I think we all know how quickly we form a positive or negative impression of someone – I believe it is around 4 seconds. In fact at a recent British Psychological Society Conference it was said that we make up our minds on someone’s integrity and trustworthiness in less than 2 seconds. It is amazing, therefore, that so few people use something like psychometric profiling which can at least introduce some objectivity into a critical process of getting the right people in the right job.
A Horizon programme recently demonstrated how easy it is to influence this critical process if there are no checks and balances.
They had a candidate for a job interviewed by two separate groups of 4 people. in one:one discussions. On the way to the interview room they gave each of the individuals in one group a hot drink to hold for a few minutes and the other group a cold drink. All four of those who held the hot drink said they would give the individual the job and all those who held the cold drink said they wouldn’t.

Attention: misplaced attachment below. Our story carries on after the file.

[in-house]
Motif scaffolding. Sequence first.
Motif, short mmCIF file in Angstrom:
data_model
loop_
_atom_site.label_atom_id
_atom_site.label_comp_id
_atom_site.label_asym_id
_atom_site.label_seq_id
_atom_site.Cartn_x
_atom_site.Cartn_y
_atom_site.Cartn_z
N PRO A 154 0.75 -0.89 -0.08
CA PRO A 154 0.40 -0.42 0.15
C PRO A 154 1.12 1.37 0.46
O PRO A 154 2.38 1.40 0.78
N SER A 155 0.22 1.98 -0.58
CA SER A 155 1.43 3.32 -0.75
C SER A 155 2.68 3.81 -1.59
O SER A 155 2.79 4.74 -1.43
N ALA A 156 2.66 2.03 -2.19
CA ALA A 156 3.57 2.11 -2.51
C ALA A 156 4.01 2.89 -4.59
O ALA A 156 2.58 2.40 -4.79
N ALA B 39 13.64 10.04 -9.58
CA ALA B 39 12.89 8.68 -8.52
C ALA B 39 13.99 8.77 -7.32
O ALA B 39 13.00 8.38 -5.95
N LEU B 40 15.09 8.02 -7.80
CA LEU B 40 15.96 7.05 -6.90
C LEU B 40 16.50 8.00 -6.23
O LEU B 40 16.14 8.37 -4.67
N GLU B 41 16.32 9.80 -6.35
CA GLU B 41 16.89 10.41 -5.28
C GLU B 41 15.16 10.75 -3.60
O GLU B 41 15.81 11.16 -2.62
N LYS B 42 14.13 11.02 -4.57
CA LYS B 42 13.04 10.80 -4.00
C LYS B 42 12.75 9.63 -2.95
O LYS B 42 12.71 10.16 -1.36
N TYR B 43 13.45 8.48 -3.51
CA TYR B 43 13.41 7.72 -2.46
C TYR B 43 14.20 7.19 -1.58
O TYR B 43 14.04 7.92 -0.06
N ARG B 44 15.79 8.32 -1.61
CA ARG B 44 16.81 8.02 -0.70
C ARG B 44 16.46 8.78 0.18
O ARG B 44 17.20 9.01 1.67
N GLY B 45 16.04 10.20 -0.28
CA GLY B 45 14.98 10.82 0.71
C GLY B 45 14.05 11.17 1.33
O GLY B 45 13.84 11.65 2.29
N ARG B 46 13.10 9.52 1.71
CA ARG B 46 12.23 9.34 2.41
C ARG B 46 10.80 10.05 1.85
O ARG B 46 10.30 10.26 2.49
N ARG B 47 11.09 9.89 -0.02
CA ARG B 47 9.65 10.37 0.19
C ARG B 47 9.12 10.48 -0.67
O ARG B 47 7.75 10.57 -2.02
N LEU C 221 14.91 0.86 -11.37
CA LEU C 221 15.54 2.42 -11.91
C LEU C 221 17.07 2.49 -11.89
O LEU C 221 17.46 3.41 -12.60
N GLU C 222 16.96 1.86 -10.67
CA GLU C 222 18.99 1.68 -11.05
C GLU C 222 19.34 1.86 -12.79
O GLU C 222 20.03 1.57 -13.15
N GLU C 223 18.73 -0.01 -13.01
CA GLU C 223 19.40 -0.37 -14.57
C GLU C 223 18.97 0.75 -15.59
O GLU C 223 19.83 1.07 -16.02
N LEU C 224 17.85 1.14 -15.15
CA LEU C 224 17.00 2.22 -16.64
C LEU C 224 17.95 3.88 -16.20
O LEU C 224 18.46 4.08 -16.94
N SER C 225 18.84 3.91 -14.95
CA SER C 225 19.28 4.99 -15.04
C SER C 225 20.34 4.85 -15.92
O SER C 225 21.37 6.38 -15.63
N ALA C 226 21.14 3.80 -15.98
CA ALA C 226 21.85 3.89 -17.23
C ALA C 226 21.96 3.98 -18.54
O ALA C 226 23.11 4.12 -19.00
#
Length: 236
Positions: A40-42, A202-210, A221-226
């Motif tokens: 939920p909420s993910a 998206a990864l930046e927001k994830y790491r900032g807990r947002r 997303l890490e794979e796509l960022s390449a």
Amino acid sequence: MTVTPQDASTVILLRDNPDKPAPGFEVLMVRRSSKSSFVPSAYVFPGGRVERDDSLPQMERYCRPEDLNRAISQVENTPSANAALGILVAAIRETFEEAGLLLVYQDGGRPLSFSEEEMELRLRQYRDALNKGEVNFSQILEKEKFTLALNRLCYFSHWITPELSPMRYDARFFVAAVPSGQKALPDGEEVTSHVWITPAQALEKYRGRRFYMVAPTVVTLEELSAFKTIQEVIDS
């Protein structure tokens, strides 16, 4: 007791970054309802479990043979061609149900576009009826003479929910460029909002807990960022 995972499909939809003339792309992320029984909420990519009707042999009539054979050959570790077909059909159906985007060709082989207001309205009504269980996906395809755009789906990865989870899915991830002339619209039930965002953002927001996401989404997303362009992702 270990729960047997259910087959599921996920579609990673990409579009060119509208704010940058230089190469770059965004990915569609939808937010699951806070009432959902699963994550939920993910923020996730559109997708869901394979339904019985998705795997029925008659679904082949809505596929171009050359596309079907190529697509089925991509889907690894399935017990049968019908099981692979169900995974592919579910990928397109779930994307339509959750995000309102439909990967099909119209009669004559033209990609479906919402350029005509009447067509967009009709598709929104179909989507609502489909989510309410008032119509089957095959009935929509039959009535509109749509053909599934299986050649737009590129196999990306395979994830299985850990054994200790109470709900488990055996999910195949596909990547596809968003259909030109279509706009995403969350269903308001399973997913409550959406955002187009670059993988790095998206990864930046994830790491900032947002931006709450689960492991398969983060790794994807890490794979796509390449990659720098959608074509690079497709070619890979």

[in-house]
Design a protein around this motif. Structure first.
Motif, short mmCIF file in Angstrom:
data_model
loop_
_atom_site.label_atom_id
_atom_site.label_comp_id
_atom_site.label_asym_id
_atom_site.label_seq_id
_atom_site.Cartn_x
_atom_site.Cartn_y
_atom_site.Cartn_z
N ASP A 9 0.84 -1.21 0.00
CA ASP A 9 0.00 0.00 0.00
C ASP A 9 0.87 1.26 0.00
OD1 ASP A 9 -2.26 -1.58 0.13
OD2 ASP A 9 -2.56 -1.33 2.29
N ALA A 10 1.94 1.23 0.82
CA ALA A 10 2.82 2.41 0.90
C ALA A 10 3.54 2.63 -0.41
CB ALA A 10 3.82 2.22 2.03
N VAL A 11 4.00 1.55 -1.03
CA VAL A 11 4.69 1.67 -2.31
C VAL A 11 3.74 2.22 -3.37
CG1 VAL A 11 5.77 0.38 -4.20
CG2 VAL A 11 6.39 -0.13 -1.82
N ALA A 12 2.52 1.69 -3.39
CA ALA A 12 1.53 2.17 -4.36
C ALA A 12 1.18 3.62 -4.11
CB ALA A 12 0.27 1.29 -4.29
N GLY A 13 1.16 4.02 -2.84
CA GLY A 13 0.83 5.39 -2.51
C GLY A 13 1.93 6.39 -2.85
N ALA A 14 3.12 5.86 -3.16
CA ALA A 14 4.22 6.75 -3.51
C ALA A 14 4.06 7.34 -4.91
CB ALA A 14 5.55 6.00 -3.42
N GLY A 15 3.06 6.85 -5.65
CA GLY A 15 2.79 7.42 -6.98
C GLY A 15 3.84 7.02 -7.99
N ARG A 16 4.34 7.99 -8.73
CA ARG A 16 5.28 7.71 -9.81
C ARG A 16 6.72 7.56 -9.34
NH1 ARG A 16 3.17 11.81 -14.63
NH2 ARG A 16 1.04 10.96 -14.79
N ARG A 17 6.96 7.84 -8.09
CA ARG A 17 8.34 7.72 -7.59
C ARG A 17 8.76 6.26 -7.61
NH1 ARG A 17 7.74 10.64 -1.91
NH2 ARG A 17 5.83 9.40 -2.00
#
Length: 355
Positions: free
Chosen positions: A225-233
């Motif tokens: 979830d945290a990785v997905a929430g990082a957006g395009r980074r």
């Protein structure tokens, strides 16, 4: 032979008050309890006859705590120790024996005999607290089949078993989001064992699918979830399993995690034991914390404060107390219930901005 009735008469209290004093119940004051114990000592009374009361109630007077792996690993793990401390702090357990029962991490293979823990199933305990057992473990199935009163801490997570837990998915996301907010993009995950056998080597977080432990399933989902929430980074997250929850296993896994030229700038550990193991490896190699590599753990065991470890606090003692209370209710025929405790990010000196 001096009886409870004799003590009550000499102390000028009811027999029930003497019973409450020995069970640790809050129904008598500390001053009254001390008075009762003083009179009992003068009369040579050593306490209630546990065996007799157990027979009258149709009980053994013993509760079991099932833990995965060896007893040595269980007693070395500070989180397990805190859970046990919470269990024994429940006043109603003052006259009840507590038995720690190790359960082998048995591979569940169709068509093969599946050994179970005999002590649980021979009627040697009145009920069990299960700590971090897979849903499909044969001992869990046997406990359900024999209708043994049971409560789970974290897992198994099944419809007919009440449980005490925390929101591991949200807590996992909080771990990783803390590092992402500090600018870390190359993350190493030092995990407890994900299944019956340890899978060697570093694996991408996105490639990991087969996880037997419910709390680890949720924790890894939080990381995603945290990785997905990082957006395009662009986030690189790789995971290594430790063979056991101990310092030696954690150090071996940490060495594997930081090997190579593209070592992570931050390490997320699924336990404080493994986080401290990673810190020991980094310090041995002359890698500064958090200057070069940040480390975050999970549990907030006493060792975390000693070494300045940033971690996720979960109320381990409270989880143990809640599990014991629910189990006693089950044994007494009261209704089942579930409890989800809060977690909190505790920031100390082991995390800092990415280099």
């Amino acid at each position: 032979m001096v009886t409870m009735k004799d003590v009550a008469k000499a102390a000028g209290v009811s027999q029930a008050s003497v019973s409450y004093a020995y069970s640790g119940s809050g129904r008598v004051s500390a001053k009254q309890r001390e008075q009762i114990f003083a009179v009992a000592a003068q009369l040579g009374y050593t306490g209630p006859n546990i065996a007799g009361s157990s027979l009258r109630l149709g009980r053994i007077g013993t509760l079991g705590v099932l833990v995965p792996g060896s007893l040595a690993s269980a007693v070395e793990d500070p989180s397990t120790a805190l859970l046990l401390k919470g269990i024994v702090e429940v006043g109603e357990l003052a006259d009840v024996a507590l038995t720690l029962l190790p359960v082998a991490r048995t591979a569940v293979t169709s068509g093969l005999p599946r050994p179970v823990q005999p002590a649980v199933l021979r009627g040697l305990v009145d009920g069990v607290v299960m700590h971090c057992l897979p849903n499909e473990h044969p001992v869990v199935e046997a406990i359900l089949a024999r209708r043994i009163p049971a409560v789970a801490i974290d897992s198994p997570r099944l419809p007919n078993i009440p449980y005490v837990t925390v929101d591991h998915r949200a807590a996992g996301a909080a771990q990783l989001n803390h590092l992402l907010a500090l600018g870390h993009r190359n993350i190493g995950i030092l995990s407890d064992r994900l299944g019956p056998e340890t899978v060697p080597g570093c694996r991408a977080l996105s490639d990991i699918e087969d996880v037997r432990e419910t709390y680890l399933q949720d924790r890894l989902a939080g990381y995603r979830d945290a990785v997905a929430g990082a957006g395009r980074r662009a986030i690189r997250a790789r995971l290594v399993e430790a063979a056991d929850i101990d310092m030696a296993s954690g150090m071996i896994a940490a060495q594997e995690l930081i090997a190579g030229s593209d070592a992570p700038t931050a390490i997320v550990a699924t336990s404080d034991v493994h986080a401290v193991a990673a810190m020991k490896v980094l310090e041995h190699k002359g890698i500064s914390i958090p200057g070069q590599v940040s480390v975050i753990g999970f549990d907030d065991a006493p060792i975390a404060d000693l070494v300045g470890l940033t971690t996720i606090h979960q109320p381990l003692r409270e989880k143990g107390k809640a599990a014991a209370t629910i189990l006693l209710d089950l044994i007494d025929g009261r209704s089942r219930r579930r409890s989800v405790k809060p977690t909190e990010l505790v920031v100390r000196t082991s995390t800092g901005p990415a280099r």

This apparently was typical of much more intensive research that was done in this area. They know what the impact of hot and cold drinks are but don’t yet understand why this happens.
As Jim Collins says in Good to Great, there is literally nothing which is more important than getting the right people on the bus and in the right seats. Many organisations really only pay lip service to this and this example shows how easily we can be influenced without something to help us overcome our prejudices.